Trim Out a Curved Bay Window
Finish carpenter Joseph Laskey shows how to measure, cut, and fit a mix of straight and curved parts to complete this unique interior trim project.
Synopsis: Finish carpenter Joseph Laskey describes a project in which he trimmed out a series of casement windows in a round bump-out to surround a soaking tub. The bay includes all the elements of a conventional multiunit cased window, but the parts must be cut and fit individually to match the curve. Laskey describes each part of the process, from cutting and fitting the stool segments to adding extension jambs and casing before fitting the mull covers and curved apron.
I’m a finish-carpentry subcontractor for Bayview Builders, a custom home builder in Annapolis, Maryland. This affluent suburb of Washington, D.C., provides plenty of interesting carpentry projects for me to work on. Recently I had to trim out a series of casement windows in a round bump-out for a luxury master bath.
The windows, which surround a soaking tub, were trimmed with mitered casing and a traditional stool and apron.
A project like this requires patience, attention to detail, and a good millwork supplier. Here we used a mix of materials, some radiused, some square. A custom millwork shop provided the laminated mahogany apron and head casing with the correct radius, but I had to fit and install them. For the stool, we started with square poplar stock, and I rough-cut the curve for these pieces on my bandsaw. To guide that work, I created a template, which I marked with the location of each extension jamb and decorative bead that surrounds the windows.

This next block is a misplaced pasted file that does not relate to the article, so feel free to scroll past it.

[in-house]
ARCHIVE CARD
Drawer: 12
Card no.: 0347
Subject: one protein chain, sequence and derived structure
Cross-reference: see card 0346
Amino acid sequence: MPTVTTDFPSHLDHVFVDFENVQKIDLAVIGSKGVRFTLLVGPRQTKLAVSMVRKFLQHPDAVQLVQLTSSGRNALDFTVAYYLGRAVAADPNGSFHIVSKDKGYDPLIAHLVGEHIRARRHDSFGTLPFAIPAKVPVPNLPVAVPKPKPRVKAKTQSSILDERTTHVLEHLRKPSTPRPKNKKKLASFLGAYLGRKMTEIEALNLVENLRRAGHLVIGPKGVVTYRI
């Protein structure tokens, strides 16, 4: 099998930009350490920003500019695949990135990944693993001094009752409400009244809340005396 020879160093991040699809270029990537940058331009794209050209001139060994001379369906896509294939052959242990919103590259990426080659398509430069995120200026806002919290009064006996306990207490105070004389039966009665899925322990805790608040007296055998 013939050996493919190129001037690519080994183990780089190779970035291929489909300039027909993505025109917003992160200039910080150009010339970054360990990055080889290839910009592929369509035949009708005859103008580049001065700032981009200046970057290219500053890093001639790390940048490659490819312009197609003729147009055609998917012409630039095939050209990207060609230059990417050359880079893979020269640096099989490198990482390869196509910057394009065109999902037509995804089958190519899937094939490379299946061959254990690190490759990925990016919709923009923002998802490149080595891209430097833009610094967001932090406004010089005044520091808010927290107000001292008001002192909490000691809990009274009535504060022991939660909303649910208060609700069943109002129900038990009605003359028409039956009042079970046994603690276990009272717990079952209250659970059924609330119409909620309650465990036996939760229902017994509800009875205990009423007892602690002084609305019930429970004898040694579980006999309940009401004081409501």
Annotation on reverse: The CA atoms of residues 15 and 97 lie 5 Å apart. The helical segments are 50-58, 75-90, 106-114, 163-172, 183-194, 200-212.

In the end, it took a little over three days to finish the job. It was a fun project and I think the finished space is among my favorite in the house.
Start with the stool
The stool segments, made from 5/4 by 8-in. poplar, are the first component to cut and fit. Each stool segment has one straight side and one curved side. The straight side butts against the casement window frame and the curved side matches the 6-ft. radius of the bay window. The oversize blanks are field-trimmed before the individual segments are joined together and fastened to the framing.
Make a template. A 3⁄4-in.-thick MDF stool template, used for all five windows, shows the location of casing, mull cover, and decorative bead. A centerpoint on each window is aligned with a centerpoint on the template and, later, each stool blank, ensuring a fair curve.
Trim the horns. The poplar blanks have oversize horns that need to be trimmed. I align the center marks on the stool and the window to mark the horn length. The two end horns, which receive casing, are longer than the interior horns, which meet in the center of the mull.
Scribe the horns. I use an AccuScribe to trace the horns so they match the wall’s curve, but a compass would work as well.
Joseph Laskey is a finish carpenter in Crownsville, Md. Top Photo: Julie Carlisle. Drawing: John Hartman. Photos by Patrick McCombe, except where noted.
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From Fine Homebuilding #294